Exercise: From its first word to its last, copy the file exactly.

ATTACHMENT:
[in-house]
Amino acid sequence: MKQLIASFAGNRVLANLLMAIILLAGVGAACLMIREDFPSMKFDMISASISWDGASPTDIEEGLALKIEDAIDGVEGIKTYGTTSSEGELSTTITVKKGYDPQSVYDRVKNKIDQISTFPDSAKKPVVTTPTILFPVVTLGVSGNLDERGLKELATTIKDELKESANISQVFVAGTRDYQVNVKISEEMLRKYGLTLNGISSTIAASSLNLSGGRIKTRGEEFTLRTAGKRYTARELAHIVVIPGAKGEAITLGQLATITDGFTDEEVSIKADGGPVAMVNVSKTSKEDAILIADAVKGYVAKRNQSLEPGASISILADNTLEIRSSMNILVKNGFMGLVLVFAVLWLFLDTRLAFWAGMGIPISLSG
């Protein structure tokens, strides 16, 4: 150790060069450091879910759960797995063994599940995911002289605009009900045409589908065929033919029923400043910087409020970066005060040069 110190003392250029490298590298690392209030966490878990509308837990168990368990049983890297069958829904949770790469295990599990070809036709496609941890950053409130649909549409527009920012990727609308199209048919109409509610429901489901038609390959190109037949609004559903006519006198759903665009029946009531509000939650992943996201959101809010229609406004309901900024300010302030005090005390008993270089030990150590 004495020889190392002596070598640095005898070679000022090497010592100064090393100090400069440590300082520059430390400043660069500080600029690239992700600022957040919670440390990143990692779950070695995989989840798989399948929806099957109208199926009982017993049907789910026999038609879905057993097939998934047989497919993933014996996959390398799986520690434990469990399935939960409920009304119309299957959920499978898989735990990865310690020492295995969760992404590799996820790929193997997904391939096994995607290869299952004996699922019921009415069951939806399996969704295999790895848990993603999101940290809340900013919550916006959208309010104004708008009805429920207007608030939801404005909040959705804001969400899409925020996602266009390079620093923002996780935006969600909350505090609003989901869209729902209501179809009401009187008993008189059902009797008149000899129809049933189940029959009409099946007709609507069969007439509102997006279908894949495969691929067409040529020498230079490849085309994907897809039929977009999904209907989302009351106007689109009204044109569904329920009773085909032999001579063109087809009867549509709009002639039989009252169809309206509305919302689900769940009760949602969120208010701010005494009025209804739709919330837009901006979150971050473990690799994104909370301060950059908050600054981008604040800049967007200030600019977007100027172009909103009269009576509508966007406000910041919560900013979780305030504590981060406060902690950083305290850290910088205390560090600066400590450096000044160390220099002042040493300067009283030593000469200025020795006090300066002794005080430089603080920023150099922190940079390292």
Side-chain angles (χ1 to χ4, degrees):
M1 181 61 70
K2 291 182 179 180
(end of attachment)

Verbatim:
[in-house]
Amino acid sequence: MKQLIASFAGNRVLANLLMAIILLAGVGAACLMIREDFPSMKFDMISASISWDGASPTDIEEGLALKIEDAIDGVEGIKTYGTTSSEGELSTTITVKKGYDPQSVYDRVKNKIDQISTFPDSAKKPVVTTPTILFPVVTLGVSGNLDERGLKELATTIKDELKESANISQVFVAGTRDYQVNVKISEEMLRKYGLTLNGISSTIAASSLNLSGGRIKTRGEEFTLRTAGKRYTARELAHIVVIPGAKGEAITLGQLATITDGFTDEEVSIKADGGPVAMVNVSKTSKEDAILIADAVKGYVAKRNQSLEPGASISILADNTLEIRSSMNILVKNGFMGLVLVFAVLWLFLDTRLAFWAGMGIPISLSG
């Protein structure tokens, strides 16, 4: 150790060069450091879910759960797995063994599940995911002289605009009900045409589908065929033919029923400043910087409020970066005060040069 110190003392250029490298590298690392209030966490878990509308837990168990368990049983890297069958829904949770790469295990599990070809036709496609941890950053409130649909549409527009920012990727609308199209048919109409509610429901489901038609390959190109037949609004559903006519006198759903665009029946009531509000939650992943996201959101809010229609406004309901900024300010302030005090005390008993270089030990150590 004495020889190392002596070598640095005898070679000022090497010592100064090393100090400069440590300082520059430390400043660069500080600029690239992700600022957040919670440390990143990692779950070695995989989840798989399948929806099957109208199926009982017993049907789910026999038609879905057993097939998934047989497919993933014996996959390398799986520690434990469990399935939960409920009304119309299957959920499978898989735990990865310690020492295995969760992404590799996820790929193997997904391939096994995607290869299952004996699922019921009415069951939806399996969704295999790895848990993603999101940290809340900013919550916006959208309010104004708008009805429920207007608030939801404005909040959705804001969400899409925020996602266009390079620093923002996780935006969600909350505090609003989901869209729902209501179809009401009187008993008189059902009797008149000899129809049933189940029959009409099946007709609507069969007439509102997006279908894949495969691929067409040529020498230079490849085309994907897809039929977009999904209907989302009351106007689109009204044109569904329920009773085909032999001579063109087809009867549509709009002639039989009252169809309206509305919302689900769940009760949602969120208010701010005494009025209804739709919330837009901006979150971050473990690799994104909370301060950059908050600054981008604040800049967007200030600019977007100027172009909103009269009576509508966007406000910041919560900013979780305030504590981060406060902690950083305290850290910088205390560090600066400590450096000044160390220099002042040493300067009283030593000469200025020795006090300066002794005080430089603080920023150099922190940079390292």
Side-chain angles (χ1 to χ4, degrees):
M1 181 61 70
K2 291 182 179 180